The final weekend of the Australian Open saw Novak Djokovic and Victoria Azarenka crowned men’s and ladies champions inMelbournePark.
Djokovic was made to work exceptionally hard to claim his third consecutive Grand Slam title after a marathon match with Rafa Nadal. The Serbian emerged victorious after a record breaking 5 hours and 53 minute five set final that showed everything that is great about men’s tennis at present.
The final score of 5-7, 6-4, 6-2, 6-7, 7-5 does not do this match justice with the momentum ebbing and flowing between both competitors but ultimately it was Djokovic who landed the better blows in the final set to claim his third Australian title.
The match continuously brought the crowd to their feet and the exhausted combatants to their knees. It is an overused cliché but this match truly was a heavyweight title bout with each player landing seemingly killer blows throughout only for the other to jump from the canvas with another punch.
For Nadal the defeat will be particularly galling given that this is the third consecutive Grand Slam final he has last to Djokovic. Even so the Spaniard was magnanimous afterwards when he said:
“I think we played a great tennis match,” said the reigning French Open champion. “I enjoyed being part of this match. I am not happy to lose the final but that’s one of the losses that am more happy about in my career.”
The match will be remembered for a lot longer than the actual outcome. It will join the likes of the Bjork, McEnroe Wimbledon tiebreak as a defining moment of an era of incredibly competitive tennis in the men’s game but that will be of little consolation for Nadal as one of the sport’s greatest champions prepares to find a solution to his Serbian problem
The match opened with a tense and error strewn opening set but really came alive in the fourth set when Nadal, having visibly struggled in the previous two sets, sprang into life. Nadal is arguably the most combative player in tennis history and the Majorcan dug deep into his resolve to force a deciding set with a series of blistering winners and tremendous defensive tennis doing enough to claim the 88 minute set, longer than the entire ladies final from yesterday.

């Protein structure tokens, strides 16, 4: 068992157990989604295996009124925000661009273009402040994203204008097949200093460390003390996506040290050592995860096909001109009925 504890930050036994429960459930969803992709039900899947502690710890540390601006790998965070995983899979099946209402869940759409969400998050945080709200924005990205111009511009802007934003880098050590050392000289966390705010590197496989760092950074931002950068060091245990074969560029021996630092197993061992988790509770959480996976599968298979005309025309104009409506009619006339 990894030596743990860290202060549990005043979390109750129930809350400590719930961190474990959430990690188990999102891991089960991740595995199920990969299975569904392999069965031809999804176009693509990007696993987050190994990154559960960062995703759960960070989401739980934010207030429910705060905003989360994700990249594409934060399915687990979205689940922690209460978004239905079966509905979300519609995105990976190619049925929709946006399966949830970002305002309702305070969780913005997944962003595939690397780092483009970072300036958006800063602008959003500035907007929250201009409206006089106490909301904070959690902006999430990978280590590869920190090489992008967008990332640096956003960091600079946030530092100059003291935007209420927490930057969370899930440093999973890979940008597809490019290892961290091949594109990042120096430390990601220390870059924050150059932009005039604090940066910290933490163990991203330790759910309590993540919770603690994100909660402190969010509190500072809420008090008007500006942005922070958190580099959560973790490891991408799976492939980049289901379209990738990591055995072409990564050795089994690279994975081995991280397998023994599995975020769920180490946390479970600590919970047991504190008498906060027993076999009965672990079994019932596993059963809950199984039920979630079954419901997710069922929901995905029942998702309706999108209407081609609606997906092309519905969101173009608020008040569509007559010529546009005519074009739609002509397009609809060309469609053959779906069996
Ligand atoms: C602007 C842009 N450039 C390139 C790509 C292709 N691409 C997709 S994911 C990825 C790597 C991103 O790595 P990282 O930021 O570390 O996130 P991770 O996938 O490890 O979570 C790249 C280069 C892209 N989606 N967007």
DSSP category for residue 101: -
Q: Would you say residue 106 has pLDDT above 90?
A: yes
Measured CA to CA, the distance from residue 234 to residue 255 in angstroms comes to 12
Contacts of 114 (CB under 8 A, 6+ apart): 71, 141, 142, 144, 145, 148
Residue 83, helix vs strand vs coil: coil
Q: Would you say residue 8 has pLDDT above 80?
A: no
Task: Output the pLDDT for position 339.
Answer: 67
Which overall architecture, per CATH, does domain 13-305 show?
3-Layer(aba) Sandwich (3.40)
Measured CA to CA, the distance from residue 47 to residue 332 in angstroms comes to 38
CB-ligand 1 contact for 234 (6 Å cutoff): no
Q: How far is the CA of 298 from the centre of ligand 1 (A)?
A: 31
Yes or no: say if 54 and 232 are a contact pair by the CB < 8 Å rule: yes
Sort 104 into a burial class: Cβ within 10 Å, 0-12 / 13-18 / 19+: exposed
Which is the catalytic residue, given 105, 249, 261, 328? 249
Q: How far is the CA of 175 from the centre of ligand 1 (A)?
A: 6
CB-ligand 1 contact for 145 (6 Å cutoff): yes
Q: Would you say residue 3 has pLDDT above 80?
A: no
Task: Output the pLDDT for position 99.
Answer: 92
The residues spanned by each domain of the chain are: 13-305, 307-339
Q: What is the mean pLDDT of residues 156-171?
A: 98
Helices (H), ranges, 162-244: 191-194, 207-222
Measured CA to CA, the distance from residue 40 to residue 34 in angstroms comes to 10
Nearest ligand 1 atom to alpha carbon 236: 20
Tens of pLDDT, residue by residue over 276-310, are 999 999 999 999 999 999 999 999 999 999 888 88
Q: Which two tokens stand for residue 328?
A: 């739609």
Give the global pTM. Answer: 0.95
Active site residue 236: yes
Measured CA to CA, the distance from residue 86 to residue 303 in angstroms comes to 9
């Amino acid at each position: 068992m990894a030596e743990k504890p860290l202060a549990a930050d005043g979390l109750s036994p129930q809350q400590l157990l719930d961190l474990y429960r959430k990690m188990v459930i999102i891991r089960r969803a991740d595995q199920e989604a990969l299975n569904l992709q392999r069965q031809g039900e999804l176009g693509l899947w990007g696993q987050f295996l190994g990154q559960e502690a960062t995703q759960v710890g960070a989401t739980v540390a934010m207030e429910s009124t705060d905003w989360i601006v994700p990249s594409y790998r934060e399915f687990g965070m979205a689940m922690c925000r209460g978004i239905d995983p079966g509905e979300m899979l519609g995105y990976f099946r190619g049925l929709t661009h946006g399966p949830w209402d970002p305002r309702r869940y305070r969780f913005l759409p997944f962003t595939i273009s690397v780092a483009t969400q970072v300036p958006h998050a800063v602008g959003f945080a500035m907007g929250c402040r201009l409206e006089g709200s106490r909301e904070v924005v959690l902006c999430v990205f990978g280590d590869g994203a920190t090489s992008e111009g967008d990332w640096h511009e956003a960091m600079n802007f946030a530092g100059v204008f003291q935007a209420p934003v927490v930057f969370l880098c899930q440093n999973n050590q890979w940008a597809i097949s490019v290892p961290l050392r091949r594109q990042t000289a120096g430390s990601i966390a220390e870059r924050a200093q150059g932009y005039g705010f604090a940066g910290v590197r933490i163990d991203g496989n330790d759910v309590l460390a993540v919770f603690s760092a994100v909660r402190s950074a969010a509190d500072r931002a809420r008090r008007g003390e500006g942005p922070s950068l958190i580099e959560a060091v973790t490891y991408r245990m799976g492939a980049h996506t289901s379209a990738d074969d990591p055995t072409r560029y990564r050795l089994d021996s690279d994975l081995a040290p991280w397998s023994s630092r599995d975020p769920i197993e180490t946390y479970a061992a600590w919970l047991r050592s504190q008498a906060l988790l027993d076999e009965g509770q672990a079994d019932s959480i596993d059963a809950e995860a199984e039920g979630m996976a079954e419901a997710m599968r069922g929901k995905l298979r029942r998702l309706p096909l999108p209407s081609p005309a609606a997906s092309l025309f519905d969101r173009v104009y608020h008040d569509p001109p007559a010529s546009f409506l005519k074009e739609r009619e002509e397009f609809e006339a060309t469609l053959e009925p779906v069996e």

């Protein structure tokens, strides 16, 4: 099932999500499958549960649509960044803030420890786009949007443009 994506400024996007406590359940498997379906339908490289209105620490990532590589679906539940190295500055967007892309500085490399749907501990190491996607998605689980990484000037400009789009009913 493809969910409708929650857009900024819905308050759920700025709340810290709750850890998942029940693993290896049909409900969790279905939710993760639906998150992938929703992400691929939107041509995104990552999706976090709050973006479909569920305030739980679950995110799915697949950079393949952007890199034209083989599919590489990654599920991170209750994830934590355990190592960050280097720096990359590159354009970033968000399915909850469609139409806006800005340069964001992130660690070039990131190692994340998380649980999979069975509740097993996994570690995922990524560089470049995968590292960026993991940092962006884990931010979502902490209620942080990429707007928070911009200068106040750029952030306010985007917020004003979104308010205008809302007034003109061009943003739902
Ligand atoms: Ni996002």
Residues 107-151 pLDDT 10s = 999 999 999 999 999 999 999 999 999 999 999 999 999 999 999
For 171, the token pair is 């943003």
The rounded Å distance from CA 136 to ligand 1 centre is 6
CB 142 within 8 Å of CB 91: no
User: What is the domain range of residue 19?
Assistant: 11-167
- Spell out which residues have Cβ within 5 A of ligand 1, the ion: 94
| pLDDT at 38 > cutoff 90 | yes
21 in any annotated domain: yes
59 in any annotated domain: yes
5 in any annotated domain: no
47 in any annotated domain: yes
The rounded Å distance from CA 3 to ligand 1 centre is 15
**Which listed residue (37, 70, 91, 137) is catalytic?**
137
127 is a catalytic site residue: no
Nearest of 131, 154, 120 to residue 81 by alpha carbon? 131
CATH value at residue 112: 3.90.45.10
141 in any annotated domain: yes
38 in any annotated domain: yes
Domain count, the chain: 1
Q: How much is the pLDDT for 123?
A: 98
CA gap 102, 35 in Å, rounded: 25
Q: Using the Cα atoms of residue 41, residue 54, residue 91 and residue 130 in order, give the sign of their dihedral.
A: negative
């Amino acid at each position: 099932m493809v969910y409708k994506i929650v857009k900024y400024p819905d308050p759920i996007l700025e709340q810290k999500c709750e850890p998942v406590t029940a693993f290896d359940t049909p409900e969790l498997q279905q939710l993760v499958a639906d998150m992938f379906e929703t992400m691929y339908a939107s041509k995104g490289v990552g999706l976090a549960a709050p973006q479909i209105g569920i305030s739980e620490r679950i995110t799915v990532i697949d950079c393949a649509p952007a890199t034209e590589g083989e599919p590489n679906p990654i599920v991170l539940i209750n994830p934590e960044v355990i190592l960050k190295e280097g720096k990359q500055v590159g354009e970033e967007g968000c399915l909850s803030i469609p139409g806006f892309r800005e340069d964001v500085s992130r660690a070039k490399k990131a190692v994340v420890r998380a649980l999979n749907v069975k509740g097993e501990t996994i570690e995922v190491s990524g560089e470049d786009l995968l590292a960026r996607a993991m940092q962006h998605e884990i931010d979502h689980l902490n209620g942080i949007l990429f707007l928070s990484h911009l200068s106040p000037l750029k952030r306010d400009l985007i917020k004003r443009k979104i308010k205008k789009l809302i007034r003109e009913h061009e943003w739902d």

Even though the match went on until almost 2am local time there was a full crowd to see the climax of the championships and with Djokovic having been stretched to almost five hours on court in his semi final against Andy Murray it was clear that the Serbian who was once criticised for not having the drive to play through the pain barrier had vanquished not only a great opponent in Nadal but once more shown that the faults of a young player can change as they adapt and what was once a weakness can become a strength.
That was a common theme in both finals with Victoia Azarenka rewriting the scouting report on the Belarusian.
In the past Azarenka’s game was built on pounding groundstrokes and little craft. The 22 year old was all power and little finesse. Over the last two weeks however her game has morphed into a much more complete package.
Her movement was crisp as was her ability to win points at the net. A game that in the past had lacked imagination suddenly saw Azarenka hitting lots of drop shots and aggressive lobs. A lot of the time critics are reluctant to change opinions on players but now it is necessary to look at Azarenka in another light.
Azarenka’s performance in the ladies final has also surely given women’s tennis a tremendous shot in the arm. With her victory the Belarusian has now moved into the coveted number one spot in the work rankings and with the recent criticism of Caroline Wozniacki’s suitability for the lofty ranking the manner of Azarenka’s victory has surely put to bed such criticism of the new number one.
The mental fortitude put on display by Azarenka having dropped 2-0 behind in the opening set spoke volumes for her maturity and confidence; while racking off 12 of the next 13 games spoke of her domination of her opponent.
Before the match it was clear that Azarenka was nervous but her ability to overcome those nerves on the biggest stage to win will have filled her with confidence going forward for the rest of the season.
For Sharapova on the other hand this is clearly a match that the Siberian will want to forget but what of her overall performance inAustralia? Should the Russian look back on a strong run through to the final that once more proved that she has made a full recovery from her shoulder injury? Or will the drubbing in the final, and the fact that she was completely outclassed by Azarenka, now be the defining memory of her opening tournament of 2012?
Sharapova will have the company of some of the games leading lights in thinking that this was potentially a Grand Slam that got away. In the men’s game Nadal, Roger Federer and Andy Murray will all have felt that they were playing well enough to win inMelbourne. In the ladies draw Kim Clijsters would also surely have felt the same.
The development of Sharapova throughout the coming months in the lead up to the French Open is now sure to be one of the bigger stories of the spring season.
For now though the headlines will be dominated by the success of Djokovic and Azarenka. Both are thoroughly deserving champions who played at their best when it mattered most. The future of the game is looking bright and the coming season promises to be one to remember.